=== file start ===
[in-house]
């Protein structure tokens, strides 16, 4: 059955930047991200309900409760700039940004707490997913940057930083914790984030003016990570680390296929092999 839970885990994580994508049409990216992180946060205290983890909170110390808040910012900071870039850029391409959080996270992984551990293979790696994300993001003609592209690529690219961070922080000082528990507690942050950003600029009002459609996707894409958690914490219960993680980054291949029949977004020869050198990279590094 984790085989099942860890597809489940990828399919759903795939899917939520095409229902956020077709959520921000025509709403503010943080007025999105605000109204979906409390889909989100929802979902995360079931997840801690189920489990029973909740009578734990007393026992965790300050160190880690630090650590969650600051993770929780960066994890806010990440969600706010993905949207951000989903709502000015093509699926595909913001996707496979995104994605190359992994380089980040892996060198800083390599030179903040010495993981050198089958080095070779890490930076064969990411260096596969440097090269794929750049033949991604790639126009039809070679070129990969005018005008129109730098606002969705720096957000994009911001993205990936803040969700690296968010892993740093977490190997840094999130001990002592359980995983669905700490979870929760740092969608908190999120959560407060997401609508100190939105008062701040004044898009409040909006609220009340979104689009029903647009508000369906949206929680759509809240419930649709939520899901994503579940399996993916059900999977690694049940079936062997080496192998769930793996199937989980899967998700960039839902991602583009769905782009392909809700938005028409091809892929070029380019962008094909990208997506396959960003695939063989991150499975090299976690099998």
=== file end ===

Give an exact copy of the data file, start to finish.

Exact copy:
[in-house]
């Protein structure tokens, strides 16, 4: 059955930047991200309900409760700039940004707490997913940057930083914790984030003016990570680390296929092999 839970885990994580994508049409990216992180946060205290983890909170110390808040910012900071870039850029391409959080996270992984551990293979790696994300993001003609592209690529690219961070922080000082528990507690942050950003600029009002459609996707894409958690914490219960993680980054291949029949977004020869050198990279590094 984790085989099942860890597809489940990828399919759903795939899917939520095409229902956020077709959520921000025509709403503010943080007025999105605000109204979906409390889909989100929802979902995360079931997840801690189920489990029973909740009578734990007393026992965790300050160190880690630090650590969650600051993770929780960066994890806010990440969600706010993905949207951000989903709502000015093509699926595909913001996707496979995104994605190359992994380089980040892996060198800083390599030179903040010495993981050198089958080095070779890490930076064969990411260096596969440097090269794929750049033949991604790639126009039809070679070129990969005018005008129109730098606002969705720096957000994009911001993205990936803040969700690296968010892993740093977490190997840094999130001990002592359980995983669905700490979870929760740092969608908190999120959560407060997401609508100190939105008062701040004044898009409040909006609220009340979104689009029903647009508000369906949206929680759509809240419930649709939520899901994503579940399996993916059900999977690694049940079936062997080496192998769930793996199937989980899967998700960039839902991602583009769905782009392909809700938005028409091809892929070029380019962008094909990208997506396959960003695939063989991150499975090299976690099998």